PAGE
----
'Syria File' unlikely to affect Assange embassy standoff

Julian Assange, founder of the WikiLeaks website, is interviewed in London on October 8, 2011.

Story highlights

  • Saturday is extradition date for WikiLeaks founder Julian Assange
  • Assange is refusing to leave the Ecuadorian embassy in London
  • WikiLeaks has begun release of e-mails it says will show Western business links to Syria
  • It could be "a calculated move" by Assange to show he's in control, human rights lawyer says
July 7 -- Saturday -- is the deadline that Britain's Supreme Court set for WikiLeaks founder Julian Assange to be extradited to Sweden. Swedish authorities want to question him because two women have accused him of sexual assault. Assange has not been charged and has repeatedly denied the allegations.
Meanwhile, Assange has refused for more than a week to emerge from the Ecuadorian embassy in London. He has been bunking there, protected from arrest under international law, while the South American country considers his bid for asylum.
Of course there would be another twist in this story. There always is.
On Thursday, WikiLeaks began to release what it says will amount to more than 2.4 million e-mails to and from Syrian politicians, government officials and companies. All of the e-mails were not released. WikiLeaks had published 41 e-mails as of Friday afternoon but promised to leak the remaining material later with the help of media partners.
"This could be a calculated move on Assange's part -- that he's trying to send a signal that says, 'I'm still in control even though I'm in the embassy,'" said Jared Genser, a noted international human rights attorney who has extensive experience in asylum cases and recently helped win freedom for Burmese Nobel Peace Laureate Aung San Suu Kyi.
"What could also be happening here is that the people who work with Assange simply believe that things are awful in Syria and this information should get out now when there is focused attention of the situation," Genser said.
So what about July 7? It doesn't mean anything will happen, at least legally, Genser said.
The deadline was imposed by the United Kingdom's highest court and there's been no movement -- at least as of Thursday afternoon -- to amend it.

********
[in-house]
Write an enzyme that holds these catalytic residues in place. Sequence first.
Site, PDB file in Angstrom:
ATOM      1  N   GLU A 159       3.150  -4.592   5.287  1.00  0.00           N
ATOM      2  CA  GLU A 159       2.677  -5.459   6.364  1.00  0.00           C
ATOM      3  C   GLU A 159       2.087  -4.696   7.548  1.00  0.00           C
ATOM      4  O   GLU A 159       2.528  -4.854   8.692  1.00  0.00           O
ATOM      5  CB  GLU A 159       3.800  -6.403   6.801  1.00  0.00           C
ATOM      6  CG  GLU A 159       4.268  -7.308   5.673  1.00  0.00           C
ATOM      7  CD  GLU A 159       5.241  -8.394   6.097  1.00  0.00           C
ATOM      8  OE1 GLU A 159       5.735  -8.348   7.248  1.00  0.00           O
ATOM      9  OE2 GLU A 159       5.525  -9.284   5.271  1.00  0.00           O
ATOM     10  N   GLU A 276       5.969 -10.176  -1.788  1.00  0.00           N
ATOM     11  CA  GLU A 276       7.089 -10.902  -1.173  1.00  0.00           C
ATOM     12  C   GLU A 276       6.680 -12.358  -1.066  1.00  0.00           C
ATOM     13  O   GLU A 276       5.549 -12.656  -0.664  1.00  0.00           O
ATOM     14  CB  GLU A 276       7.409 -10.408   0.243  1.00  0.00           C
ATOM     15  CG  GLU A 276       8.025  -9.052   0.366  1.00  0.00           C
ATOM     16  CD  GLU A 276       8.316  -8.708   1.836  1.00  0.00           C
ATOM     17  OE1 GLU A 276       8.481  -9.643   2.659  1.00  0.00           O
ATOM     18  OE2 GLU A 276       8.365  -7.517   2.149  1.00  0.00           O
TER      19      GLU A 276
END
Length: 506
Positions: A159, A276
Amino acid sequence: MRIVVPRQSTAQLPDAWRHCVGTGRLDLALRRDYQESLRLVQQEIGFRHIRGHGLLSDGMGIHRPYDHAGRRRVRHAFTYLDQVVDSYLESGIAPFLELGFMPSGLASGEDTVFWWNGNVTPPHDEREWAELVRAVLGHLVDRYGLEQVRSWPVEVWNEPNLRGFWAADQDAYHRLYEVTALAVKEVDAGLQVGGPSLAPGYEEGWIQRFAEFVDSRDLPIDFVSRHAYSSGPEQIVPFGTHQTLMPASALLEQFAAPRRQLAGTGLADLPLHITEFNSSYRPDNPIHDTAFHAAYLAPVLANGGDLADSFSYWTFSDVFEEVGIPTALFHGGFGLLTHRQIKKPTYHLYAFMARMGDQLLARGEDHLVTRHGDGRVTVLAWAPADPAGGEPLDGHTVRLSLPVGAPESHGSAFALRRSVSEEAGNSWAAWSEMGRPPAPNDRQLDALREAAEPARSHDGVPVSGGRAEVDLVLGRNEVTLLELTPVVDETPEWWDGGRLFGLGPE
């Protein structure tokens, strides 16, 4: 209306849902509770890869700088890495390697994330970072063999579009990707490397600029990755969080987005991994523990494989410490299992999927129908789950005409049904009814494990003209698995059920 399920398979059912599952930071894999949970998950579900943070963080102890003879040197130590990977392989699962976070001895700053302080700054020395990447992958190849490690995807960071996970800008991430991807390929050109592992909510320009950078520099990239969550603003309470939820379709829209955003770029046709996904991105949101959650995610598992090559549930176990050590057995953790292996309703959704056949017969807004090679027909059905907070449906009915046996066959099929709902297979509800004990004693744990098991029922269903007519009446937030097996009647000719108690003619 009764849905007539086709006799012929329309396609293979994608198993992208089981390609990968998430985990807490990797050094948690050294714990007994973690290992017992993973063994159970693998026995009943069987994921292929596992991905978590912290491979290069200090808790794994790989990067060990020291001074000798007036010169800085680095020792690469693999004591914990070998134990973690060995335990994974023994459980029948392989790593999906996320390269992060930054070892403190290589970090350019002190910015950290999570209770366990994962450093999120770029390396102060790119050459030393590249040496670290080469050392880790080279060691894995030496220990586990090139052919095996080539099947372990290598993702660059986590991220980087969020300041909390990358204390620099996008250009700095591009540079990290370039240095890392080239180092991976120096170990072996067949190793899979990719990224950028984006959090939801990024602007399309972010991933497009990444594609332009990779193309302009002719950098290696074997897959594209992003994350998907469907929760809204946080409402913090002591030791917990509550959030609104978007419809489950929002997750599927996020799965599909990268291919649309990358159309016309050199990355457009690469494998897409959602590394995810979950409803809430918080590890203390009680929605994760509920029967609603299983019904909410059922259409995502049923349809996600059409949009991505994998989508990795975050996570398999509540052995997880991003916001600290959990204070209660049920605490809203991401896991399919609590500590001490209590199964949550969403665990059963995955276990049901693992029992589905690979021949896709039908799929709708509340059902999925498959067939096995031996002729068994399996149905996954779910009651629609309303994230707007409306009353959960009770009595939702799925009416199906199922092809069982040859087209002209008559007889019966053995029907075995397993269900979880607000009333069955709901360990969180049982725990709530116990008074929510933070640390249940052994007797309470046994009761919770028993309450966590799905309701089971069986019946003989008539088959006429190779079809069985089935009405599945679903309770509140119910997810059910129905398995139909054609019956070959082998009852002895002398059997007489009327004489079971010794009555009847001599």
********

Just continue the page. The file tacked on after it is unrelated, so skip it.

Sweden has always maintained that while Assange is in Britain, he is under the jurisdiction of the UK legal system. It's unlikely Sweden would act before the embassy standoff is resolved, experts tell CNN.
Assange could stay in the embassy for as long as the Ecuadorians allow it. If he leaves the embassy, British police say, he'll be arrested. Last week the police sent a note inside the building asking that Assange turn himself in, a tactic that clearly didn't work.
On Thursday, Assange released a statement describing the "Syrian Files" as "embarrassing to Syria" but "also embarrassing to Syria's opponents." WikiLeaks says the material will "reveal how the West and Western companies say one thing and do another."
CNN has not been able to verify the authenticity of e-mails made public Thursday.
CNN looked at the e-mails released Friday, but it will take more time to fully comprehend what they mean. They appear to contain ongoing conversations involving various names, events and apparent business transactions. As a result, one must get the full e-mail thread going back to its origination to report accurately and fairly the context and meaning of each e-mail.
The e-mails also are in a range of languages, including Arabic and Russian.
WikiLeaks said that the e-mails were exchanged between August 2006 to March 2012.
"There are journalists who have the means and the staffing to look through this content, and use database filters to analyze it, searching for key words or repeated phrases." said Kelly McBride, a media analyst with the Poynter Institute.
"But 2 million e-mails is ridiculous," she said. "This won't be done in a day or a few weeks."
That hasn't prevented news organizations across the globe from reporting about the Syrian files. Many reported the fact of the release without delving much into the substance of the e-mails. Israeli newspaper Haaretz questioned whether the release could put Syrian dissidents in danger.
WikiLeaks has said in the past that it relies on Internet crowdsourcing to sift through the voluminous leaks it releases. But, mostly, journalists have been doing analysis on its leaks, McBride said.
"Maybe there will be some motivated citizens who will dig through this and provide a little more heft to the analysis," she said. "But that hasn't really happened with WikiLeaks' releases in the past."
The e-mails will be released over the next two months and published in partnership with various media organizations around the globe, WikiLeaks said.
While journalists were trying to comprehend the latest leak, carnage continued in Syria.
The United Nations estimates that more than 10,000 people, mostly civilians, have been killed in Syria and tens of thousands displaced since the uprising against President Bashar al-Assad began 16 months ago.